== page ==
Publications on Wage share
Working Paper No. 804 | May 2014
In this second part of our study we survey the rapidly expanding empirical literature on the determinants of the functional distribution of income. Three major strands emerge: technological change, international trade, and financialization. All contribute to the fluctuations of the labor share, and there is a significant amount of self-reinforcement among these factors. For the case of the United States, it seems that the factors listed above are by order of increasing importance. We conclude by noting that the falling US wage shares cointegrates with rising inequality and a rising top 1 percent income share. Thus, all measures of income distribution provide the same picture. Liberalization and financialization worsen economic inequality by raising top incomes, unless institutions are strongly redistributive.
The labor share has also fallen, for structural reasons and for reasons related to economic policy. Such explanations are left to parts III and IV of our study, respectively. Part I investigated the theories of income distribution.Download:Associated Program:Author(s):
Working Paper No. 803 | May 2014
This series of working papers explores a theme enjoying a tremendous resurgence: the functional distribution of income—the division of aggregate income by factor share. This first installment surveys some landmark theories of income distribution. Some provide a technology-based account of the relative shares while others provide a demand-driven explanation (Keynes, Kalecki, Kaldor, Goodwin). Two questions lead to a better understanding of the literature: is income distribution assumed constant?, and is income distribution endogenous or exogenous? However, and despite their insights, these theories alone fail to fully explain the current deterioration of income distribution.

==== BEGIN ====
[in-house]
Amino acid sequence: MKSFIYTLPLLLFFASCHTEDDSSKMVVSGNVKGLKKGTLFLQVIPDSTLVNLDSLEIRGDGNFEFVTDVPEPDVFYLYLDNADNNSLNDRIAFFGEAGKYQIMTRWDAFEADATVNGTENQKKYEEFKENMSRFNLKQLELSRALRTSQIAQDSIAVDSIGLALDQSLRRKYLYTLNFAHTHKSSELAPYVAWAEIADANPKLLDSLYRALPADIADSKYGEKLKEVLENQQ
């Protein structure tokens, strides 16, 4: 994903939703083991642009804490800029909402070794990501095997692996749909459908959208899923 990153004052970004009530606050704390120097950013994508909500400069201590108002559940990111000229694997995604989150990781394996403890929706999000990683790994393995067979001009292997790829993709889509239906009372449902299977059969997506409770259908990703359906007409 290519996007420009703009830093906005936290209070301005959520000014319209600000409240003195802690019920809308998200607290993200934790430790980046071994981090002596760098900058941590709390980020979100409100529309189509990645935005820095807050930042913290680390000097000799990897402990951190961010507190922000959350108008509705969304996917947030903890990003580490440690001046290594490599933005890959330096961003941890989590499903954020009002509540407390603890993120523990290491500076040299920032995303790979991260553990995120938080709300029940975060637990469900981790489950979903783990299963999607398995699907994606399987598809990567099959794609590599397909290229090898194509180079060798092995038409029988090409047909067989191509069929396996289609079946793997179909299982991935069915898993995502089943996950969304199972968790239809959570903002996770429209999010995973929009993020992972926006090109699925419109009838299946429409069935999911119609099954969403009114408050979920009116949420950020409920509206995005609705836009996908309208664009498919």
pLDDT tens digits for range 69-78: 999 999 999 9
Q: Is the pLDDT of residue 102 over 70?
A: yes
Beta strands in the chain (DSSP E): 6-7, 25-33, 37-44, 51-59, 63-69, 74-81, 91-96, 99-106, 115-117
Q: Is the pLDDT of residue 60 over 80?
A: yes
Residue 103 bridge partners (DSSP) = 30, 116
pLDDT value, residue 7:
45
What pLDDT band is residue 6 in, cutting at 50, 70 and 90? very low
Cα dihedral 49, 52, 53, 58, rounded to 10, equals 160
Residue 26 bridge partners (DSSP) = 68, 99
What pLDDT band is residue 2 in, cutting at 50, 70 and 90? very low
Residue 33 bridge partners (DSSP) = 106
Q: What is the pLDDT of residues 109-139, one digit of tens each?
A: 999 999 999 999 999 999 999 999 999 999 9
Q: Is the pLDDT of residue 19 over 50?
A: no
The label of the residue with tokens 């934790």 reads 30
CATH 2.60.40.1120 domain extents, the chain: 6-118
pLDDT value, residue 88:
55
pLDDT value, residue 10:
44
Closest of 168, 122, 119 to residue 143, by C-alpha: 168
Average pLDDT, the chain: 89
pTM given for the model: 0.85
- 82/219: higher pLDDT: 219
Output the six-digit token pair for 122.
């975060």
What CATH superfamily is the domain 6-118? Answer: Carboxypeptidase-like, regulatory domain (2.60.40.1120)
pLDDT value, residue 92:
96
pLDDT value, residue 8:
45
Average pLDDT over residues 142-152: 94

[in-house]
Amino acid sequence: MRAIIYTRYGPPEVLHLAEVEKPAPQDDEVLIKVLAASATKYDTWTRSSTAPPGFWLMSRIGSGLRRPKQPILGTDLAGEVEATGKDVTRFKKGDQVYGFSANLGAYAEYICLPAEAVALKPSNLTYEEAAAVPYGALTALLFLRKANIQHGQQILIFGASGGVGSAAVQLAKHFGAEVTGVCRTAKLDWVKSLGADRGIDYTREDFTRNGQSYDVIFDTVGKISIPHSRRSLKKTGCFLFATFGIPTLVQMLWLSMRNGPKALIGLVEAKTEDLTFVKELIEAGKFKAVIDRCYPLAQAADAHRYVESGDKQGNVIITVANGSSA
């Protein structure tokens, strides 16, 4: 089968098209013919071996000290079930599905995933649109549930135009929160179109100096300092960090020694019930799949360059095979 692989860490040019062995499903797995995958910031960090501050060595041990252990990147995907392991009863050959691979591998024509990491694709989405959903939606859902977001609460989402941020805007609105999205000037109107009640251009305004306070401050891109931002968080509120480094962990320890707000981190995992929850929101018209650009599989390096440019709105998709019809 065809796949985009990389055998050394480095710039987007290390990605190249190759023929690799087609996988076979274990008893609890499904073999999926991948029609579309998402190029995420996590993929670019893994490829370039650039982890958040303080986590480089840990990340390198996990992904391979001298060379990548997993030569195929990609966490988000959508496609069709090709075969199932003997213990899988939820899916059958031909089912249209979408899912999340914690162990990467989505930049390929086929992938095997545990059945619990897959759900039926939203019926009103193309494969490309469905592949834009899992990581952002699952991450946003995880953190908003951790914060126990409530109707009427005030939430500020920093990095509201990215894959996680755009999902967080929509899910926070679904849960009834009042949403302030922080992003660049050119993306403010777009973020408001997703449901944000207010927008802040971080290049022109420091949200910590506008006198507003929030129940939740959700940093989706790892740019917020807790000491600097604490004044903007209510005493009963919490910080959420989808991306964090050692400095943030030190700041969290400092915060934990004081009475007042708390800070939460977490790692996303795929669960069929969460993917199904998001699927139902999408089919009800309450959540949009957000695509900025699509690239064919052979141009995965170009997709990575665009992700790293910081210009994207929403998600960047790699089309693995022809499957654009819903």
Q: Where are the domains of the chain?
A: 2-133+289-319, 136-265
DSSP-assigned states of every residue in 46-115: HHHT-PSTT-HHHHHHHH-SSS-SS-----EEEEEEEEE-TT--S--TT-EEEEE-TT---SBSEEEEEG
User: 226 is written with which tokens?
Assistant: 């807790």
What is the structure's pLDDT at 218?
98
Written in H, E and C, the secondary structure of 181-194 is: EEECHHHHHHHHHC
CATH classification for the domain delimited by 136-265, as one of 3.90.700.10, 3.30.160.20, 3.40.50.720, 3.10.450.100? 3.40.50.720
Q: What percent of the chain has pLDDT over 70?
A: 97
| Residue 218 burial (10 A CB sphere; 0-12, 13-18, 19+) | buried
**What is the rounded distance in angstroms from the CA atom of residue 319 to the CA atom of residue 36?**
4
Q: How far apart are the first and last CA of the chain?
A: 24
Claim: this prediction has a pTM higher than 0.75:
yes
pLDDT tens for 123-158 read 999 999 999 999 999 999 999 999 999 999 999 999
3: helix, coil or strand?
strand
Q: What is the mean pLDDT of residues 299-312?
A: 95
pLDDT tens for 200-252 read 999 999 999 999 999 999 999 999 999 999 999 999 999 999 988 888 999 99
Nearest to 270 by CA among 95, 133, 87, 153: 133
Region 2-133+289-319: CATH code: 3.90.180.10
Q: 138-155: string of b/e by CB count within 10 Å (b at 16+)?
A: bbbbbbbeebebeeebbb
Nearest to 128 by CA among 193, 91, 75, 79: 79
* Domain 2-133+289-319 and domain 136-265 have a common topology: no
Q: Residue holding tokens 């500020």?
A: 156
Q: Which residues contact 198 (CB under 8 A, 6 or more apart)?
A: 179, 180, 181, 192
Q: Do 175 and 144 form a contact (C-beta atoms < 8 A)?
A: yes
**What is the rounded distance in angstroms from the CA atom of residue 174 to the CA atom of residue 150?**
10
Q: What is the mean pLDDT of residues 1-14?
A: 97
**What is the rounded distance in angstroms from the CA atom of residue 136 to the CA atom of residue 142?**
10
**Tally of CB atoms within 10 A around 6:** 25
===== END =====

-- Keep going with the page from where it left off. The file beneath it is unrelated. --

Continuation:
Subsequent installments are dedicated to analyzing the empirical literature (part II), to the measurement and composition of the relative shares (part III), and to a study of the role of economic policy (part IV).Download:Associated Program:Author(s):
Working Paper No. 673 | June 2011
We present strong empirical evidence favoring the role of effective demand in the US economy, in the spirit of Keynes and Kalecki. Our inference comes from a statistically well-specified VAR model constructed on a quarterly basis from 1980 to 2008. US output is our variable of interest, and it depends (in our specification) on (1) the wage share, (2) OECD GDP, (3) taxes on corporate income, (4) other budget revenues, (5) credit, and the (6) interest rate. The first variable was included in order to know whether the economy under study is wage led or profit led. The second represents demand from abroad. The third and fourth make up total government expenditure and our arguments regarding these are based on Kalecki’s analysis of fiscal policy. The last two variables are analyzed in the context of Keynes’s monetary economics. Our results indicate that expansionary monetary, fiscal, and income policies favor higher aggregate demand in the United States.Download:Associated Program:Author(s):Julio López-Gallardo Luis Reyes-Ortiz